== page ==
Successful people surround themselves with other successful people. This doesn’t mean that you shake your loyal, less successful friends. But you have to look at how you spend your time. Successful people gird each other, network with each other, and share ideas with each other.  It is said that you can judge someone by the 3 people with whom they spend the majority of his time. The Scriptures tell us “bad company corrupts good character.” Remember, integrity is a matter of character. You can’t say on one hand that your life is about productivity and success, yet when I see you I see everything around you inferring the opposite truth. That’s not integrity. The mindset of “I can” is fundamental to success. You have to surround yourself with other people with a can do mentality. Even though you may think yourself impervious to other’s attitudes, you’re human. In as much you are, at least partially, a consequence of your environmental influences. In this world, nothing is static. You’re either going one direction or you’re going in another direction. If you’re ascending, how can having those around you who are descending help you? How can those with no momentum help you to gain momentum. If how you spend your time is what distinguishes you, how does spending a great bulk of potentially productive time, instead trying to teach someone else the basic concepts of success, or even worse, trying to make them successful without teaching them concepts of success, further your efforts towards success? I believe in charity and giving, but carrying someone else is a different task indeed. You never carry someone. You can teach a receptive person the tools needed for them to achieve success, but you don’t carry someone who isn’t pulling his own weight. It will drag you down and both of you will drown.

As you achieve success, many of those around you will start to reach out to you for help. There is a fine line between helping someone and disempowering someone. If your friend knows that you will always pick him up, then why should he pick up himself? Industriousness is a consequence of need. If there is no need, there is no industriousness. By allowing your friends, family, and loved ones to lean on you, you rob them of their ability to be industrious. I don’t expect for them to understand this, but you should. Yes, it’s hard to watch loved one’s struggle, but keep the prize in mind. If the goal is to have them stand on their own two feet, then they have to go through the fire just like you did. A sword is formed only in fire, not in a tepid environment. So let them go through the fire. It’s better that they go through this while you’re in the background somewhere watching, guiding, and only if absolutely necessary intervening, rather than they never gain the skills and fall flat on their faces when you are not in a position to gird them. In other words, love them more than you love yourself. When we give in and try to be there, it’s because we can’t stand to see them go through hardship. If you are a true friend, if you truly love someone, you will bear the discomfort and do what’s best for them.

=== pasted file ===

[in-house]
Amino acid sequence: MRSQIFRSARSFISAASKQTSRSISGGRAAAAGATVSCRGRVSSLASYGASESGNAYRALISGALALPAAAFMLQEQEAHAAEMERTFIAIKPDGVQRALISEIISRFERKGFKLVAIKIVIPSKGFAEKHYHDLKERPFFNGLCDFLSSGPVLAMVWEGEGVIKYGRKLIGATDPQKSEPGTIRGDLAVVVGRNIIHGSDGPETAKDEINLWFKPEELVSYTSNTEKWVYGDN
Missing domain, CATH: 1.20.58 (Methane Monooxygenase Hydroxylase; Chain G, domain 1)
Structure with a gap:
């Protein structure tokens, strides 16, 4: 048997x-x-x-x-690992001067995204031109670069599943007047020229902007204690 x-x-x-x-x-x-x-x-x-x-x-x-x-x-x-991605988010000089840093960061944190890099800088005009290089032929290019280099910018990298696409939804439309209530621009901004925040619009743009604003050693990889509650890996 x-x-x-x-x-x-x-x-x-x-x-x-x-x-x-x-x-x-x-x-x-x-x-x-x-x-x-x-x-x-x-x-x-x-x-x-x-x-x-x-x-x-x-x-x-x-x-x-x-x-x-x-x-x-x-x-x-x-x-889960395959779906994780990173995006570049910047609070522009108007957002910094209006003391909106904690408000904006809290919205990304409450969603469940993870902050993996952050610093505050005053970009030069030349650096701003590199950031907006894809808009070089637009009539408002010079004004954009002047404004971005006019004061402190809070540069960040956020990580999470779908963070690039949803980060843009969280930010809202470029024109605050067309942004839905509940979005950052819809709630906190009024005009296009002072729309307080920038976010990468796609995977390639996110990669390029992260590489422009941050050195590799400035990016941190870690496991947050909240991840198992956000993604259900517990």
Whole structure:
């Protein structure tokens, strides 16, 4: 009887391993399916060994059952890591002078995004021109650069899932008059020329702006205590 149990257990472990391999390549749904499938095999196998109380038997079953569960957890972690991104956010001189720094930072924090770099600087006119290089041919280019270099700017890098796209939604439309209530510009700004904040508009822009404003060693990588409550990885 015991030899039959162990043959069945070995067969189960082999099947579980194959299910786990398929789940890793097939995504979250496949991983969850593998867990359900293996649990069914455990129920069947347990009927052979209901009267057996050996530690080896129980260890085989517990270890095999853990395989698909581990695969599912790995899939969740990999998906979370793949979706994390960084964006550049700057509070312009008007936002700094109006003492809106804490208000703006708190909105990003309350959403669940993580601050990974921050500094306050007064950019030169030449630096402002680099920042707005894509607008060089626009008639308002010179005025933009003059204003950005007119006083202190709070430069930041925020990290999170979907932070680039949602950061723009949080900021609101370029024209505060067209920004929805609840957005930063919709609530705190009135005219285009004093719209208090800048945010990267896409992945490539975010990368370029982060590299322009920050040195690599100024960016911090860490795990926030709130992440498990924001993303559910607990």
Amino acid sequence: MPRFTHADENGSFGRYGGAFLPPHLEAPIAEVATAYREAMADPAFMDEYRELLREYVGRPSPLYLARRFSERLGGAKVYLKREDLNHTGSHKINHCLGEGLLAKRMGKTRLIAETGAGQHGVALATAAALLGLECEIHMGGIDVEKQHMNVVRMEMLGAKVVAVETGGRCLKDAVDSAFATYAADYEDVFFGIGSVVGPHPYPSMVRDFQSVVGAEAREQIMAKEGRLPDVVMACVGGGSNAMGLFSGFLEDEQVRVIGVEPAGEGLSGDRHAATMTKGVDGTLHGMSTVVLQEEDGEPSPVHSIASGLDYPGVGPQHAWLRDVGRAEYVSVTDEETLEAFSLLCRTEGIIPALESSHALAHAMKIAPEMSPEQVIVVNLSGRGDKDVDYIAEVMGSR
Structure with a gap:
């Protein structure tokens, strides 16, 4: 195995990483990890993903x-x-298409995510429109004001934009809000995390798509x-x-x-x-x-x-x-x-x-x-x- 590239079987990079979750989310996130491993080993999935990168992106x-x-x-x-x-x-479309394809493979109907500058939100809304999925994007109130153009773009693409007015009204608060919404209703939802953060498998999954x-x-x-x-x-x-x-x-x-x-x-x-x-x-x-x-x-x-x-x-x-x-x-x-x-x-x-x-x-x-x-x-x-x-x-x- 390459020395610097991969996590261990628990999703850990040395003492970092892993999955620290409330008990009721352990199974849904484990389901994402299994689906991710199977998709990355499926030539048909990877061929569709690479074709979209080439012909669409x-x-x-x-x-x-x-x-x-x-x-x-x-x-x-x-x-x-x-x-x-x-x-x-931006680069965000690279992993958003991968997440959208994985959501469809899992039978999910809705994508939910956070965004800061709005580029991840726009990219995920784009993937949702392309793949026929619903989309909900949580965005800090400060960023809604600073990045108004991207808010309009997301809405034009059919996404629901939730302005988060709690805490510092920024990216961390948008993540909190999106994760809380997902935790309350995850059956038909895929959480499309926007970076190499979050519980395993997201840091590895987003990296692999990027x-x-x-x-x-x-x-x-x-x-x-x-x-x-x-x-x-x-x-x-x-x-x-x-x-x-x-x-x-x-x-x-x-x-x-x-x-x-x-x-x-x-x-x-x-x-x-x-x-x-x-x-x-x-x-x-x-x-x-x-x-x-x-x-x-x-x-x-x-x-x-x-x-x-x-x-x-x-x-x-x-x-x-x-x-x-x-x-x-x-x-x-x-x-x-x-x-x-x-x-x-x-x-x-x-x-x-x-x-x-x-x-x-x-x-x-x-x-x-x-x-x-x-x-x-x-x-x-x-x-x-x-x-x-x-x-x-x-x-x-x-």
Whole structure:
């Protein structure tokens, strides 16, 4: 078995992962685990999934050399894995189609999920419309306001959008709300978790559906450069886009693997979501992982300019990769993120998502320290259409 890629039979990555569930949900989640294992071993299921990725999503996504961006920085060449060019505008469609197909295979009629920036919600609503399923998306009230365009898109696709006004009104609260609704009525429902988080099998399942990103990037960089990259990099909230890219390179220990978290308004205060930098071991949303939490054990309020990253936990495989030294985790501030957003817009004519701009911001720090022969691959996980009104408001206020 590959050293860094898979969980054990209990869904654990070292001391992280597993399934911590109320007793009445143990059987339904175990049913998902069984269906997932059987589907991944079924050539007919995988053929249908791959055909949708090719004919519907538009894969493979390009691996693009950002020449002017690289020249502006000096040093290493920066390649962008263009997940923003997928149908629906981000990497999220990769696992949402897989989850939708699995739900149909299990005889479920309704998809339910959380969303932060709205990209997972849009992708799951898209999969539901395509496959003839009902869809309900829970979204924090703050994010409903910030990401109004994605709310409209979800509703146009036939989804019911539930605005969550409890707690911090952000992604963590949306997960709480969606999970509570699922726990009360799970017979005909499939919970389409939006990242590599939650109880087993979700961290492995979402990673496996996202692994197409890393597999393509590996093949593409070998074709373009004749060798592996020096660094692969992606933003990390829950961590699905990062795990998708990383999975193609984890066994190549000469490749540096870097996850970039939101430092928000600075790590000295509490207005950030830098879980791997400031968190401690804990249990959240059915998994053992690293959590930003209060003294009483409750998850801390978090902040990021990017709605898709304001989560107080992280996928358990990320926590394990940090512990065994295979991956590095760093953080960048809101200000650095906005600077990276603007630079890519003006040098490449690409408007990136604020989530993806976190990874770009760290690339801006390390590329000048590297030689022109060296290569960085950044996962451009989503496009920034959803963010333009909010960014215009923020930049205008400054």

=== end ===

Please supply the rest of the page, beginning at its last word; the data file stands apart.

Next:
Successful people concretize their goals. They make their ideas and concepts as real as possible. As discussed in the previous chapter, this starts by writing down your goals. I generally use computer programs to make 3 dimensional models of the house that I want, or the boat, or whatever it is that I want. Before I moved to Texas, I completely designed my office on the computer; 5 years before I opened that office. I’ve realized that the more energy that you put into something, positive or negative, the more likely it is to become concrete. So selectively focus your energy on that which is productive and beneficial and avoid harboring on anything negative. If a business deal goes bad, as they will, cannibalize the remains and refocus towards a new goal. You don’t have time to focus on the failure, nor is focusing on the failure productive. Spend as much time as you need making your dreams and aspirations come to life. You should know how your dream smells, looks, tastes, sounds, and you should know that cold. Make artistic rendering, write descriptions, post your goals on your walls and if you have a stumbling block, like fear of failure, put Theodore’s Roosevelt quote in which he addresses those who strive and fell, on your wall. You can look at it every time that you have fear or doubt. This is why I’ve posted so many quotes in this book. You’ll remember one or two of them, and you’ll lean on these in tough times.

Go as far as establishing short, medium, and long term goals towards which you’re working. You’ll constantly have to adjust the short term goals as reality sets in, but this way you can always make sure that you’re making positive progress towards your long term goals. I reverse engineer everything. If I decide to open a service line and I want that service line producing $1,000,000 per month by month 12, I first establish the value of each unit. Then I calculate how many units that I need to reach my goal and how much growth that I need monthly, weekly, and daily to reach that volume. I establish, conservatively how I am going to acquire that volume, the costs involved, and the turnaround time. Then I establish short and medium term goals that I can tweak as needed to get me to that 12-month goal. I do that in a matter of minutes. That’s how I know if there’s enough of a profit margin in it for me.